Mistakes you don’t want to make if disaster hits

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SCRIPPS RANCH, Calif. – Karen Reimus knows firsthand what the victims of the massive tornado in Oklahoma are going through.

“That’s why I feel so much for those people in Oklahoma,” said Remus.  “What they’re going through is horrible.”

tornado-damageAlmost  10 years ago, the Cedar Fire burned her Scripps Ranch Home to the ground.   She said she was devastated to discover she was underinsured.

“It was like being burned twice,” said Reimus, “first by the wildfire and second by the insurance company.”

Reimus was so upset, she became involved with United Policyholders, a nonprofit organization that educates people about insurance.  She learned the mistake she had made was a common one.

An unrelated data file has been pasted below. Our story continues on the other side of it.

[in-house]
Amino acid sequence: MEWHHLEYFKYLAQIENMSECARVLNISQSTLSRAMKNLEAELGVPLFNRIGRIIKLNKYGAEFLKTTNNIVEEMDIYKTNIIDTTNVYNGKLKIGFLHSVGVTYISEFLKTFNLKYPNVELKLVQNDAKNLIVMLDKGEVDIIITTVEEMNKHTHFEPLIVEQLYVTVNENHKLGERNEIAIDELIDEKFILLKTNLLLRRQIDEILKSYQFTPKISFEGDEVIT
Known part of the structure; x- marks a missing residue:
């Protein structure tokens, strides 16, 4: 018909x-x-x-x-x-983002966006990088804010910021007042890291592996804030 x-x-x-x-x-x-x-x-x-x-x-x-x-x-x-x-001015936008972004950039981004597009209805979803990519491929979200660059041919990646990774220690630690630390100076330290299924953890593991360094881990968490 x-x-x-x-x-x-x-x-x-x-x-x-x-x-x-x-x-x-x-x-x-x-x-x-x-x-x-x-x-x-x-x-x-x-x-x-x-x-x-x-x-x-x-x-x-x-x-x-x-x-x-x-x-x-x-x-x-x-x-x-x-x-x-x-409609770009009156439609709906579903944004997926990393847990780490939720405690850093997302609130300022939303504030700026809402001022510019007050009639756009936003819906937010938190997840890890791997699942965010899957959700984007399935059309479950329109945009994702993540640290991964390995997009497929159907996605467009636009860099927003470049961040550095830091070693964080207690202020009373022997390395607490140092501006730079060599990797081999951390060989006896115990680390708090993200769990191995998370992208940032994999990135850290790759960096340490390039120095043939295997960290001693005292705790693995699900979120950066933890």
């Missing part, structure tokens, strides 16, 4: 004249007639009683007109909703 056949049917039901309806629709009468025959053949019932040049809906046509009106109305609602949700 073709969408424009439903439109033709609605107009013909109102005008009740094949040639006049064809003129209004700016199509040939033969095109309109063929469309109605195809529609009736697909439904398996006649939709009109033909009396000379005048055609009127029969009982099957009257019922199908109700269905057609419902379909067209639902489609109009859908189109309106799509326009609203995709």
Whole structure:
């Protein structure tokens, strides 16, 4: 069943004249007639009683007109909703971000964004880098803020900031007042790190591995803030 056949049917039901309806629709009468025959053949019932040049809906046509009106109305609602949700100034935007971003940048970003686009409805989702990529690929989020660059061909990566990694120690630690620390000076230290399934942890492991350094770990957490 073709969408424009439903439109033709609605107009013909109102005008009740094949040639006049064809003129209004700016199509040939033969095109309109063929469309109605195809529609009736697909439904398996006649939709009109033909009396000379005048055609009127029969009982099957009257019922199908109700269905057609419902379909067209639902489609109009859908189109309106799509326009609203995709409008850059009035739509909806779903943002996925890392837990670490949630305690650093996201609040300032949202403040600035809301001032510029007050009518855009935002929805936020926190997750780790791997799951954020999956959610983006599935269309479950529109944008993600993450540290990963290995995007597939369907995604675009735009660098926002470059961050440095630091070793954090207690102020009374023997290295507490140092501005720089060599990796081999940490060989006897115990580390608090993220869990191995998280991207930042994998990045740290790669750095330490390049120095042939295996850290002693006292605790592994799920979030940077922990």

“When disaster hits, underinsurance is one of the most pervasive problems across the country,” said Reimus.

United Policyholders, conducted a survey after the 2007 fire storm in San Diego.

“The statics were mind-boggling,” said Reimus.

The survey revealed 66 percent of the people who lost their homes in the wildfires were underinsured.

“If you blindly rely on your insurance company to insure you to value, you may be in trouble,” said Reimus.  “It’s really important that you do your own homework on what it would cost to replace your home.”

Other ways residents can prepare for a disaster in advance, is to take a look as the county’s SD Emergency Application or its emergency web portal, www.sdcountyemergency.com.  Both can help you put together a preparedness plan, and assist you during an emergency, with updates on shelters, maps and recovery efforts.

Stephen Rea, who is the Assistant Director of the county of San Diego Office of Emergency Services said it is also important that residents make sure they register their cell phones with the county’s alert San Diego system, also known as its reverse 911 system.

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